This week, dance students at Ryerson are working with one of the most acclaimed choreographers they’ll ever have the pleasure of dancing for — James Kudelka of the National Ballet of Canada.
Ryerson Dances, the Theatre School’s annual fall production, brought together 57 dancers to perform a new 75-minute piece choreographed by Kudelka.
“It’s a huge honour for the theatre school as a whole,” said Vicki St. Denys, director of the dance program. “To have someone of (Kudelka’s) calibre here — it’s once in a lifetime for a lot of these guys.”
Ryerson Dances gives third- and fourth-year students the opportunity to dance for professional choreographers who might potentially hire them in the future, so there’s a lot at stake.
Past productions consisted of four separate pieces created by four different choreographers, each running 20 to 30 minutes in length.
This year St. Denys decided Kudelka should have the night to himself.
“When James confirmed he was interested, the best thing in my mind was to just give the whole evening (and all of the students) to him,” St. Denys said. “To share the stage with that many dancers — that doesn’t happen anymore in the dance world. This is really unique. They’ll never have an experience like this again.”
Rehearsals for the show began right after reading week, with Kudelka going straight to work after the first introductions.
Dance students practised several hours every day while still having to participate in their normal dance classes and attend academic lectures.
“We didn’t quite know what to expect but we knew that James Kudelka has a very great reputation as a choreographer,” said Michaëla St-Pierre, a third-year dancer. “We were very excited and humbled he was coming.”
Tanya Evidente, an assistant professor at the theatre school, suggested to Kudelka that he collaborate with the school’s dancers. She worked with him when he was the artistic director of the National Ballet of Canada.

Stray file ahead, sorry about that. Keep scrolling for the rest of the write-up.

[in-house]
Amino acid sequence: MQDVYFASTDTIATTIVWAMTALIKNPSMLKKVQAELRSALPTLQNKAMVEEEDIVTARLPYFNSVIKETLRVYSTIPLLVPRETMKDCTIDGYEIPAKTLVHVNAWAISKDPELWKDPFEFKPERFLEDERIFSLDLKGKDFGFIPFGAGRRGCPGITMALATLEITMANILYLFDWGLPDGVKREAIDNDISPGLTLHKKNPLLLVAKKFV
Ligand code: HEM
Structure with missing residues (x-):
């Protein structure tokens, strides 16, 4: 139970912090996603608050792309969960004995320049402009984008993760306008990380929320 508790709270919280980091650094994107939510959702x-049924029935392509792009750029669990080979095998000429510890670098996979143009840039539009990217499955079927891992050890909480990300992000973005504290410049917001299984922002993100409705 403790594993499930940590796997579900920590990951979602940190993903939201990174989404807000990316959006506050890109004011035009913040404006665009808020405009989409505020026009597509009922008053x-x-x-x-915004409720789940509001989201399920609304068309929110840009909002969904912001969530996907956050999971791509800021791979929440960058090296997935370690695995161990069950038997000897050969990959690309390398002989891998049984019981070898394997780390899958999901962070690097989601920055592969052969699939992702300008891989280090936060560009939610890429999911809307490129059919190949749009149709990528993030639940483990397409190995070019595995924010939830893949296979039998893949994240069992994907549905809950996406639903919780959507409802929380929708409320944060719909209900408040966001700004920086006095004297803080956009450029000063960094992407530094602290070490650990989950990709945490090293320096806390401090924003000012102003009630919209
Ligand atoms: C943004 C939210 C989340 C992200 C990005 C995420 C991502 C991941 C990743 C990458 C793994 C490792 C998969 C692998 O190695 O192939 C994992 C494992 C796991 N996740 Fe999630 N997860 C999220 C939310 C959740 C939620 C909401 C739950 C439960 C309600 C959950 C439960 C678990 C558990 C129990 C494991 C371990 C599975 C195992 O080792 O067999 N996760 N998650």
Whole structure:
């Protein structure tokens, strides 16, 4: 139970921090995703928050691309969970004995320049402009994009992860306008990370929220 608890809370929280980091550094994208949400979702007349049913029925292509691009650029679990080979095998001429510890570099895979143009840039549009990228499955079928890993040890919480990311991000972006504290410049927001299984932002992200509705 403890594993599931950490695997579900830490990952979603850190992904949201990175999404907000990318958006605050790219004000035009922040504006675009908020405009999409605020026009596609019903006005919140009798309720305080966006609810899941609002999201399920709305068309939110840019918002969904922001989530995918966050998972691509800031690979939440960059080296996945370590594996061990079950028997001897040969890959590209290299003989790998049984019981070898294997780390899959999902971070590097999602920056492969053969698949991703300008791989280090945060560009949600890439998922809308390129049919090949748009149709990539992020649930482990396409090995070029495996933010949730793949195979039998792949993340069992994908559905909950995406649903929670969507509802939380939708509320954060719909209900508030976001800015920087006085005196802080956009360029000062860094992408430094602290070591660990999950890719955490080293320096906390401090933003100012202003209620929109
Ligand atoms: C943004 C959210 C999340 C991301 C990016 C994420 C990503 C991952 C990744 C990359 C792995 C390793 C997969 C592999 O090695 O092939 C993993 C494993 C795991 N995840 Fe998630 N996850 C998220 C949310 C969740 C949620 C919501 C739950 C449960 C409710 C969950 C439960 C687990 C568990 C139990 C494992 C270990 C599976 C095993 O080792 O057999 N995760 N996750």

Evidente said his dance style involves strong technique, as well as fast and intricate movements that challenge students both mentally and physically.
“He likes to push the envelope, which makes it exciting for the dancers,” she said. “It keeps us on our toes.”
On their toes quite literally, as many of the students are dancing and running on ballet pointe shoes during the performance.
St-Pierre said rehearsing for Dances really drove home the theme of togetherness.
“It’s bigger than just one person,” she said. “We’ve been working really hard, and a lot of people have put a lot of time into it.
“It’s a work of art. I encourage people to come out and be challenged.”
A famous guest choreographer isn’t the only thing making this year’s production special — all of the dancers will be performing without music. Instead, microphones will be placed around the stage to emphasize the sounds of the dancers’ breathing and movements.
“It can be challenging to work in silence,” said St. Denys. “A lot of times as dancers and performers, we rely on the music very heavily in terms of inspiration and also timing … they have to rely on one another.
Fourth-year dancer Drew Berry agrees. “We have to be really aware of what we’re doing at all times to make sure that we are together as a group.”
Kudelka meets Ryerson Dances 2015 runs from Nov. 24-28 at the Ryerson Theatre, 44 Gerrard St. E.
Tickets are on sale for $15 for students and $20 for adults. The show starts at 8 p.m. every night until the 28th.
This article was published in the print edition of The Ryersonian on Nov. 25, 2015.